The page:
CGCI supports research to comprehensively catalog the genomic alterations in adult and pediatric cancers. The research community can use CGCI data to gain insight into the underlying mechanisms of these cancers and identify potential therapeutic targets.
OCG facilitates cancer genomics research through a series of highly-focused programs. These programs generate and disseminate genomic data for use by the cancer research community. OCG programs also promote advances in technology-based infrastructure and create valuable experimental reagents and tools. OCG programs encourage collaboration by interconnecting with other genomics and cancer projects in order to accelerate translation of findings into the clinic.
Below are OCG’s current, completed, and initiated programs:
CTD2 bridges the gap between the enormous volumes of data generated by genomic characterization studies and the ability to use these data for the development of human cancer therapeutics. It specializes in computational and functional genomics approaches critical for translating next-generation sequencing data, as well as high-throughput and high content small molecule and genetic screens.
The Human Cancer Models Initiative (HCMI) is an international consortium that is generating novel human tumor-derived culture models, which are annotated with genomic and clinical data. In an effort to advance cancer research and more fully understand how in vitro findings are related to clinical biology, HCMI-developed models and related data will be available as a community resource for cancer research. The National Cancer Institute (NCI) is contributing to this international consortium by providing funding and support to two Cancer Model Development Centers (CMDCs). The CMDCs will develop next-generation cancer models from patient tissue. Visit the Cancer Model Development Centers page for an introduction to the NCI's CMDCs.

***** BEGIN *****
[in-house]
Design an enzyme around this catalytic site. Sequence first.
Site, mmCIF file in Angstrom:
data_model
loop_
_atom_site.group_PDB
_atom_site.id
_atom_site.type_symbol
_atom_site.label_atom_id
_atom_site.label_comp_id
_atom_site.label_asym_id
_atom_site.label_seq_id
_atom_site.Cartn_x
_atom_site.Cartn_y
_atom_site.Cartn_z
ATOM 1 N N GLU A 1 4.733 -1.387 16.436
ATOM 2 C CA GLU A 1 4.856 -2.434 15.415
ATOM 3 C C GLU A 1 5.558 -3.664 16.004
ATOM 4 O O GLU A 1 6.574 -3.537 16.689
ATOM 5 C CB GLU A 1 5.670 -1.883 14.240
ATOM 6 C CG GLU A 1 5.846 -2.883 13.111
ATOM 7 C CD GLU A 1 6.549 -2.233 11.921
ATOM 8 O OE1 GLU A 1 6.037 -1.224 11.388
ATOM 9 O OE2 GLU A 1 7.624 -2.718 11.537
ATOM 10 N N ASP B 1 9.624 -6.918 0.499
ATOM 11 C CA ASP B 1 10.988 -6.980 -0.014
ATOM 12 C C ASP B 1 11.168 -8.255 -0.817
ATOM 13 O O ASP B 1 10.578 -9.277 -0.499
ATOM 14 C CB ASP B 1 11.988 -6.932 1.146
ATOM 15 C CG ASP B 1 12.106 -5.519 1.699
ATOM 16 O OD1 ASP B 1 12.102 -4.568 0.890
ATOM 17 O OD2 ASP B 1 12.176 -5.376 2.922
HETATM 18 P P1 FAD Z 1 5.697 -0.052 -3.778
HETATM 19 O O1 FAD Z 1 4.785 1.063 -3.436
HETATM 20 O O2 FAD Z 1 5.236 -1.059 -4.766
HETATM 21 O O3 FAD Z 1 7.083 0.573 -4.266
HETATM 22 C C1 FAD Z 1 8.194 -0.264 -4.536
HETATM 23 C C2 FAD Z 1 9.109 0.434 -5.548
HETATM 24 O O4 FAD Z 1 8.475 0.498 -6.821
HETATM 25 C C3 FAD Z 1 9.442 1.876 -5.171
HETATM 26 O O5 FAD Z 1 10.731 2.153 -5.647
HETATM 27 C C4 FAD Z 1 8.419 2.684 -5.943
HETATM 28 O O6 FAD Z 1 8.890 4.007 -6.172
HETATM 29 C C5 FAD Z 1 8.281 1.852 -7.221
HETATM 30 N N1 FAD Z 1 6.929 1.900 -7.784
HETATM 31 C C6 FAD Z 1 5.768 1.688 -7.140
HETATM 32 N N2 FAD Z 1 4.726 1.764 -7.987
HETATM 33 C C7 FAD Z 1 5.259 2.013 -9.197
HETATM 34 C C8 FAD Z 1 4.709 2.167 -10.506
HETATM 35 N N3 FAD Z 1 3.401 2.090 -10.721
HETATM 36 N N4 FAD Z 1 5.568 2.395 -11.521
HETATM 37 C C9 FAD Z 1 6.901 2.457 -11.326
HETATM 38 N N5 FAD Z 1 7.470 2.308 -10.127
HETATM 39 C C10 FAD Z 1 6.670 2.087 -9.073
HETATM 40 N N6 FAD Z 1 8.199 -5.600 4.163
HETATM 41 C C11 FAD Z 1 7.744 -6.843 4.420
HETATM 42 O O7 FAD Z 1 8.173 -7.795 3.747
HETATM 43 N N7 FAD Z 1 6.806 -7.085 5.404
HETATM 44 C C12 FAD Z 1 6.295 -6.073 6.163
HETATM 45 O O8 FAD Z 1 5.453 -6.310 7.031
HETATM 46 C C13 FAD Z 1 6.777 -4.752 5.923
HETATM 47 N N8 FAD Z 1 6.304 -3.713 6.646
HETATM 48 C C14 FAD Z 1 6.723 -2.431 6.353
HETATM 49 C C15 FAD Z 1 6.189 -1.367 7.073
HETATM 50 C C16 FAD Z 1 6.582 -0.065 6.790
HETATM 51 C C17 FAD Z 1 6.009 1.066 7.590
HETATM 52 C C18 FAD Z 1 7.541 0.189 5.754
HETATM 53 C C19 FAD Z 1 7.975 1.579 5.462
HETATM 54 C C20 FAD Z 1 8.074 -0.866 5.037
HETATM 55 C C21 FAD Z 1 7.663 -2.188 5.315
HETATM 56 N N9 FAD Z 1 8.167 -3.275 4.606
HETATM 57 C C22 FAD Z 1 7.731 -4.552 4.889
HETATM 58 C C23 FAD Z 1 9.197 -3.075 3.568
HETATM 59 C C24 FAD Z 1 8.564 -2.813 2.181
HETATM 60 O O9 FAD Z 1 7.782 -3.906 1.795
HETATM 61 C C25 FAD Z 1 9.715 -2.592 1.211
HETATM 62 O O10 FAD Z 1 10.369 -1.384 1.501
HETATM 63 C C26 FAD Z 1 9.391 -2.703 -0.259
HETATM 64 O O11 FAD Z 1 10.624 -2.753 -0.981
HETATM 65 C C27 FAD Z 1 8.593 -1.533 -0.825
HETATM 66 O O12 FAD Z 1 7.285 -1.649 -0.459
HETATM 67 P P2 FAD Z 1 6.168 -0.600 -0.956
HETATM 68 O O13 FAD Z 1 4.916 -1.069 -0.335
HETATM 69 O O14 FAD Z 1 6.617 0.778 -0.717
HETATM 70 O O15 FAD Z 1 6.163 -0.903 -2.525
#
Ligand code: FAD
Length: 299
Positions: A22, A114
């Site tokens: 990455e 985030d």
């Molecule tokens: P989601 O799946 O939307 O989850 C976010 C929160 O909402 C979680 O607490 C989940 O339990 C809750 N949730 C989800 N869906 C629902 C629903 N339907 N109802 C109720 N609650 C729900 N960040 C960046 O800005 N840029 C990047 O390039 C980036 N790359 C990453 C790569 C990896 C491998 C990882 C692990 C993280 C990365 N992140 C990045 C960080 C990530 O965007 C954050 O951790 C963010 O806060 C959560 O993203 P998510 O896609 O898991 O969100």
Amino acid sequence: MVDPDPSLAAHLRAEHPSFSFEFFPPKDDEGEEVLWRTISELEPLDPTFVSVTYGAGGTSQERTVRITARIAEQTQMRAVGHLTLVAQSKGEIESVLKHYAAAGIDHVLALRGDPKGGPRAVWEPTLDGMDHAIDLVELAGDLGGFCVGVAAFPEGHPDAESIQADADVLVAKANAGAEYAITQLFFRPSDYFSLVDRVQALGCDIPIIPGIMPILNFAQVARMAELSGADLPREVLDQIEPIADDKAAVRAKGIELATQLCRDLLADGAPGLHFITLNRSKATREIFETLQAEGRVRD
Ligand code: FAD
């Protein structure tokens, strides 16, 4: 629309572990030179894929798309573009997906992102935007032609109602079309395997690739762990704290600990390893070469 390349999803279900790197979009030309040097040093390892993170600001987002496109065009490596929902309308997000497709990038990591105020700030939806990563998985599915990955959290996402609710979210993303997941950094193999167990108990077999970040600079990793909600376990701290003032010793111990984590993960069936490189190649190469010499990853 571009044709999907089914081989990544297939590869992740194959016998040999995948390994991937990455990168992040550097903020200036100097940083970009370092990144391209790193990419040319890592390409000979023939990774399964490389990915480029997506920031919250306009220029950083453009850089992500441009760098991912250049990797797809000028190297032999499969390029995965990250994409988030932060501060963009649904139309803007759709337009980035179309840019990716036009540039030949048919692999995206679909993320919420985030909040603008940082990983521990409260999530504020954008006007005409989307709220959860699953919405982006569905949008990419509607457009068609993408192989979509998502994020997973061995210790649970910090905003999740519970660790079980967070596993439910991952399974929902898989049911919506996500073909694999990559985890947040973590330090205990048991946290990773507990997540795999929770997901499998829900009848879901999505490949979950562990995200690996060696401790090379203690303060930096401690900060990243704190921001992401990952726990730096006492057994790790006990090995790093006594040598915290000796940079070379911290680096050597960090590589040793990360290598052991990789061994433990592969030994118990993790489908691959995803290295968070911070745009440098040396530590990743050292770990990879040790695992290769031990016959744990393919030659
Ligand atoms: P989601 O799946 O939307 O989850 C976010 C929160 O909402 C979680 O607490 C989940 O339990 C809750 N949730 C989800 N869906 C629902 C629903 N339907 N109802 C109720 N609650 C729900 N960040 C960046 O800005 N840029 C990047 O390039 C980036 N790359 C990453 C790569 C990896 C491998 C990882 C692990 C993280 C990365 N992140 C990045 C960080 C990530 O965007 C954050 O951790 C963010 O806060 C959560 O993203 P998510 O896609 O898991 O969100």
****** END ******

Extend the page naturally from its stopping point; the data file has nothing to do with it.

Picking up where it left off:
TARGET applies a comprehensive genomic approach to determine molecular changes that drive childhood cancers. Investigators form a collaborative network to facilitate discovery of molecular targets and translate those findings into the clinic. TARGET is managed by NCI’s Office of Cancer Genomics and Cancer Therapy Evaluation Program.
CGAP: Cancer Genome Anatomy Project
The National Cancer Institute (NCI) Cancer Genome Anatomy Project (CGAP) is an online resource designed to provide the research community access to biological tissue characterization data. Request a free copy of the CGAP Website Virtual Tour CD from firstname.lastname@example.org.
ICG: Initiative for Chemical Genetics
The Initiative for Chemical Genetics provides a systematic approach to studying biology through small molecule probes and screens, so that new therapies for diseases like cancer can be developed.
MGC: NIH Mammalian Gene Collection
The goal of the Mammalian Gene Collection (MGC), a trans-NIH initiative, was to provide full-length open reading frame (FL-ORF) clones for human, mouse, cow, and rat genes.
TCGA: The Cancer Genome Atlas
The National Institutes of Health (NIH) established The Cancer Genome Atlas (TCGA) to generate comprehensive, multi-dimensional maps of the key genomic changes in major types and subtypes of cancer.